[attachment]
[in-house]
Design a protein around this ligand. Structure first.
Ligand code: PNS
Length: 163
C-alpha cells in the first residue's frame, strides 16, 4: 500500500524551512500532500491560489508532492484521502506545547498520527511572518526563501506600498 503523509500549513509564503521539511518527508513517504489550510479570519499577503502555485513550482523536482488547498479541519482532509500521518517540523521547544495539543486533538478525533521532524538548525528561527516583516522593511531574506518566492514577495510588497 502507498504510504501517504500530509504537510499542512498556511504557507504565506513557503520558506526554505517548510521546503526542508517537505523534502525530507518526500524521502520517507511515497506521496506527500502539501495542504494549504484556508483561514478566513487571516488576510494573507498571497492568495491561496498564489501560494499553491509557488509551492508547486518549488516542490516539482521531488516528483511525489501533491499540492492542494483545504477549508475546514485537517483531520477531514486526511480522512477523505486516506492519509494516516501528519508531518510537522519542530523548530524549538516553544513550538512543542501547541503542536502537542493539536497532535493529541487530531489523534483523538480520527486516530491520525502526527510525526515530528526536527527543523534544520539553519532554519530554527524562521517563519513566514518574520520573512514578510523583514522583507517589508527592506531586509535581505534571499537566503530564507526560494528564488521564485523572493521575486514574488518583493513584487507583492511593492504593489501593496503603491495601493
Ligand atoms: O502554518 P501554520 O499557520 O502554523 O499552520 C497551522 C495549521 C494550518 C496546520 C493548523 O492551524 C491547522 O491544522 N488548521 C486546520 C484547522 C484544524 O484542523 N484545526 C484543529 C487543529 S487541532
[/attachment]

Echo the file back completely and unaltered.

[in-house]
Design a protein around this ligand. Structure first.
Ligand code: PNS
Length: 163
C-alpha cells in the first residue's frame, strides 16, 4: 500500500524551512500532500491560489508532492484521502506545547498520527511572518526563501506600498 503523509500549513509564503521539511518527508513517504489550510479570519499577503502555485513550482523536482488547498479541519482532509500521518517540523521547544495539543486533538478525533521532524538548525528561527516583516522593511531574506518566492514577495510588497 502507498504510504501517504500530509504537510499542512498556511504557507504565506513557503520558506526554505517548510521546503526542508517537505523534502525530507518526500524521502520517507511515497506521496506527500502539501495542504494549504484556508483561514478566513487571516488576510494573507498571497492568495491561496498564489501560494499553491509557488509551492508547486518549488516542490516539482521531488516528483511525489501533491499540492492542494483545504477549508475546514485537517483531520477531514486526511480522512477523505486516506492519509494516516501528519508531518510537522519542530523548530524549538516553544513550538512543542501547541503542536502537542493539536497532535493529541487530531489523534483523538480520527486516530491520525502526527510525526515530528526536527527543523534544520539553519532554519530554527524562521517563519513566514518574520520573512514578510523583514522583507517589508527592506531586509535581505534571499537566503530564507526560494528564488521564485523572493521575486514574488518583493513584487507583492511593492504593489501593496503603491495601493
Ligand atoms: O502554518 P501554520 O499557520 O502554523 O499552520 C497551522 C495549521 C494550518 C496546520 C493548523 O492551524 C491547522 O491544522 N488548521 C486546520 C484547522 C484544524 O484542523 N484545526 C484543529 C487543529 S487541532